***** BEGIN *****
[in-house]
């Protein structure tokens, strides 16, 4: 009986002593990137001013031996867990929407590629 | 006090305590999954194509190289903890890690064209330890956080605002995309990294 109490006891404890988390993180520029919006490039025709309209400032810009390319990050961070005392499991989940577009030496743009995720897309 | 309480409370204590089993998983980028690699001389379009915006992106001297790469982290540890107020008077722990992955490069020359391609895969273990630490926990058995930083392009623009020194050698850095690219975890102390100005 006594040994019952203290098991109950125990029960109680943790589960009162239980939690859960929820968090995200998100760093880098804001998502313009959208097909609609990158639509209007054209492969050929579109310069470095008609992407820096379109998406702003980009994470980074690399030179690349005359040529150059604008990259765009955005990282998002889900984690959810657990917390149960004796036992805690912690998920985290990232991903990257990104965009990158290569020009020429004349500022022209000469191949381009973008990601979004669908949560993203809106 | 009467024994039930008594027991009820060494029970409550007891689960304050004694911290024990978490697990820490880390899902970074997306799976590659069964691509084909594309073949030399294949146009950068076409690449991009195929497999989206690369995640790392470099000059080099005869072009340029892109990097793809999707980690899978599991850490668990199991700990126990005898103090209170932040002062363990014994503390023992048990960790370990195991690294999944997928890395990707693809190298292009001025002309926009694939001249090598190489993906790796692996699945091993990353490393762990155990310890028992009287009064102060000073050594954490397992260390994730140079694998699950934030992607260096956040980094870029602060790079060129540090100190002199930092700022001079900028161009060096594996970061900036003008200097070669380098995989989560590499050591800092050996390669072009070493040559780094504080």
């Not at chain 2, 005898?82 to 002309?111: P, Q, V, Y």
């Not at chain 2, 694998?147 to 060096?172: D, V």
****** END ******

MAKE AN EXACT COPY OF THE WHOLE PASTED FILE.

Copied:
[in-house]
């Protein structure tokens, strides 16, 4: 009986002593990137001013031996867990929407590629 | 006090305590999954194509190289903890890690064209330890956080605002995309990294 109490006891404890988390993180520029919006490039025709309209400032810009390319990050961070005392499991989940577009030496743009995720897309 | 309480409370204590089993998983980028690699001389379009915006992106001297790469982290540890107020008077722990992955490069020359391609895969273990630490926990058995930083392009623009020194050698850095690219975890102390100005 006594040994019952203290098991109950125990029960109680943790589960009162239980939690859960929820968090995200998100760093880098804001998502313009959208097909609609990158639509209007054209492969050929579109310069470095008609992407820096379109998406702003980009994470980074690399030179690349005359040529150059604008990259765009955005990282998002889900984690959810657990917390149960004796036992805690912690998920985290990232991903990257990104965009990158290569020009020429004349500022022209000469191949381009973008990601979004669908949560993203809106 | 009467024994039930008594027991009820060494029970409550007891689960304050004694911290024990978490697990820490880390899902970074997306799976590659069964691509084909594309073949030399294949146009950068076409690449991009195929497999989206690369995640790392470099000059080099005869072009340029892109990097793809999707980690899978599991850490668990199991700990126990005898103090209170932040002062363990014994503390023992048990960790370990195991690294999944997928890395990707693809190298292009001025002309926009694939001249090598190489993906790796692996699945091993990353490393762990155990310890028992009287009064102060000073050594954490397992260390994730140079694998699950934030992607260096956040980094870029602060790079060129540090100190002199930092700022001079900028161009060096594996970061900036003008200097070669380098995989989560590499050591800092050996390669072009070493040559780094504080």
């Not at chain 2, 005898?82 to 002309?111: P, Q, V, Y």
């Not at chain 2, 694998?147 to 060096?172: D, V």